The case planner endorses the cultural plan, ensuring it is aligned to the case plan permanency objective, and is able to be implemented within the timeframes set and within budget.
Planning in the child protection context
Planning is an essential component of the best interests case practice model and is crucial for effective child protection intervention. Planning includes making decisions about what actions to take regarding the child’s need and risks, in relation to family strengths and capacities. Planning happens throughout child protection involvement, from intake to closure and it stems from effective information gathering and analysis of the available information. It is directly informed by the current assessment of the child’s situation, and directly informs any actions that need to be taken.
Case planning has a specific meaning in child protection practice. A case plan is defined in legislation as containing all significant decisions concerning a child relating to their present and future care and wellbeing, and including the permanency objective for the child, and cultural support for an Aboriginal child in out-of-home care. This specific case planning begins at the point where protective concerns are substantiated and continues until closure. Case planning is governed by legislative and policy requirements relating to the preparation, provision and review of case plans and specific requirements for cultural support for Aboriginal children in out-of-home care (s. 176).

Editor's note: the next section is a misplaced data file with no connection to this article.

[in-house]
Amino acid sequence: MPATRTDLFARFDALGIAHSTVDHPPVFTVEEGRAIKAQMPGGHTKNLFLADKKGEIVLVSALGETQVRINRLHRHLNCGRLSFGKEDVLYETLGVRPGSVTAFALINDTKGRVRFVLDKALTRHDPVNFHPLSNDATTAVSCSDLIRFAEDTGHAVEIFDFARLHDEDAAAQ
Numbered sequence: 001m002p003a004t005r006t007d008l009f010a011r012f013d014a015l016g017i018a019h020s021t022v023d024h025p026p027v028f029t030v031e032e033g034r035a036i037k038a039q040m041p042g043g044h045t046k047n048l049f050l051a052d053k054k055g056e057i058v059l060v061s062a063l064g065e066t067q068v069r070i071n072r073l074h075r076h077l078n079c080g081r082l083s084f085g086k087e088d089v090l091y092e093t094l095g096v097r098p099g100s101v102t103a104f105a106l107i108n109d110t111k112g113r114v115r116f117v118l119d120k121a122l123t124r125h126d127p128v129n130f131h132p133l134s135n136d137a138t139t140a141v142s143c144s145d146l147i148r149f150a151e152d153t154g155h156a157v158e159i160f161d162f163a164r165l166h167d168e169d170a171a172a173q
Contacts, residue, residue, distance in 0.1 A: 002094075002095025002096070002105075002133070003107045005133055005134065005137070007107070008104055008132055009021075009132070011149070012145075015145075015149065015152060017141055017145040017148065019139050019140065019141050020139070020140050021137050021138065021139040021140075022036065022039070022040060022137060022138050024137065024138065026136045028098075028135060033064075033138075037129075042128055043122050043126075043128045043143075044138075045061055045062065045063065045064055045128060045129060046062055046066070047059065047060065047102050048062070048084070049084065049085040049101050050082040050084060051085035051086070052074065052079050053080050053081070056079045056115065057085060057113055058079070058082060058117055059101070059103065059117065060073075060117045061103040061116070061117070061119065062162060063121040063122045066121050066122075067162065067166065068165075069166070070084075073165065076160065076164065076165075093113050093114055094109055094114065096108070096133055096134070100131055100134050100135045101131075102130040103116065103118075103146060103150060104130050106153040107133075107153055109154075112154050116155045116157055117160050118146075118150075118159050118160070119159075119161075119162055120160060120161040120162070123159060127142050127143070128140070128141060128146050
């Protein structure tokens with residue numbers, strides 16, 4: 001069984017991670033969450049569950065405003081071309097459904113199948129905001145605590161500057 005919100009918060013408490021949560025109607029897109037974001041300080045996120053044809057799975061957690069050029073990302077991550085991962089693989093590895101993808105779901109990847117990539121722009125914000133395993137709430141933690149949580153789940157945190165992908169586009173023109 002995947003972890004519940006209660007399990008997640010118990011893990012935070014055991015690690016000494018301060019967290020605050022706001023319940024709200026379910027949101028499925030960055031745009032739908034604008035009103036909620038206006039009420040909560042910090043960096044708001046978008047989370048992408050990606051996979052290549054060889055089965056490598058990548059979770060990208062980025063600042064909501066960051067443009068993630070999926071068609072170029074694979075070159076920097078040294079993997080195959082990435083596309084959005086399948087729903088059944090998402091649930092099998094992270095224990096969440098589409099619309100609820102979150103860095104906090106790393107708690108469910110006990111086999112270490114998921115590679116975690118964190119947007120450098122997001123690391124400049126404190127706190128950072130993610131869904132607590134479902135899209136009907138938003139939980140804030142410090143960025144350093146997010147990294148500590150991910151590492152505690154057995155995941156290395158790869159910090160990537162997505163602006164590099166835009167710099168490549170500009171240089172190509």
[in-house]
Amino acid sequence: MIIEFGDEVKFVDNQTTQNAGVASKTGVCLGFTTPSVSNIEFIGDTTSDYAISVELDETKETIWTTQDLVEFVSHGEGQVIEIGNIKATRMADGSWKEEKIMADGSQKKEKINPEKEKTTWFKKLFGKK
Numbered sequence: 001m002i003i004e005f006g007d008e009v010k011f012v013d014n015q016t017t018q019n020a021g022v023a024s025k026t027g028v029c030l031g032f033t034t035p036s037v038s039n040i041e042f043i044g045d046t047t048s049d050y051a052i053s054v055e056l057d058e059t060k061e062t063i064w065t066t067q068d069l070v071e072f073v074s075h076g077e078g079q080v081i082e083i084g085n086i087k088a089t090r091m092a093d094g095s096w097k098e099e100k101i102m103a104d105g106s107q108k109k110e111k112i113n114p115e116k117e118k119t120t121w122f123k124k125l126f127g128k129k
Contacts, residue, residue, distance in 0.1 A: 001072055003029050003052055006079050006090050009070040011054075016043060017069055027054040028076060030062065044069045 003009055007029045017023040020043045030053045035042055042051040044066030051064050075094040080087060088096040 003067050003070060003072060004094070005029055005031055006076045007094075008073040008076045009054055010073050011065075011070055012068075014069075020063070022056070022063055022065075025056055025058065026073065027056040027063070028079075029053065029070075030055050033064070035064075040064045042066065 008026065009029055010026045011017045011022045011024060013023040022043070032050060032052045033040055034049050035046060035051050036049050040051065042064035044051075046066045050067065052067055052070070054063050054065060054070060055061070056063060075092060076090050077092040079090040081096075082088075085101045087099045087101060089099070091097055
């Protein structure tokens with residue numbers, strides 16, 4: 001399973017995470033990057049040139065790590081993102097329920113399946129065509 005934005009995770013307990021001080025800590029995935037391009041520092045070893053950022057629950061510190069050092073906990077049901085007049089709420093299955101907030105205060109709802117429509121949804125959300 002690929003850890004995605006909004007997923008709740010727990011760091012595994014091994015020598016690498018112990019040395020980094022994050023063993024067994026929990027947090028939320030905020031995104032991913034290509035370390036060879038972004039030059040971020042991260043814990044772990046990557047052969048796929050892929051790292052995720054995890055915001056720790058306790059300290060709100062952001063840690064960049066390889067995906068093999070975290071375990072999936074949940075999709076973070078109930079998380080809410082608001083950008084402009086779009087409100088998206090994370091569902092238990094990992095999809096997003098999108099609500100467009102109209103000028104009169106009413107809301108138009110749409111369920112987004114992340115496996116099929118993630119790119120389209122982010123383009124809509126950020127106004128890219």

For advice relating to case planning, see Case planning - advice.
Cultural support for Aboriginal children in out-of-home care
Cultural support needs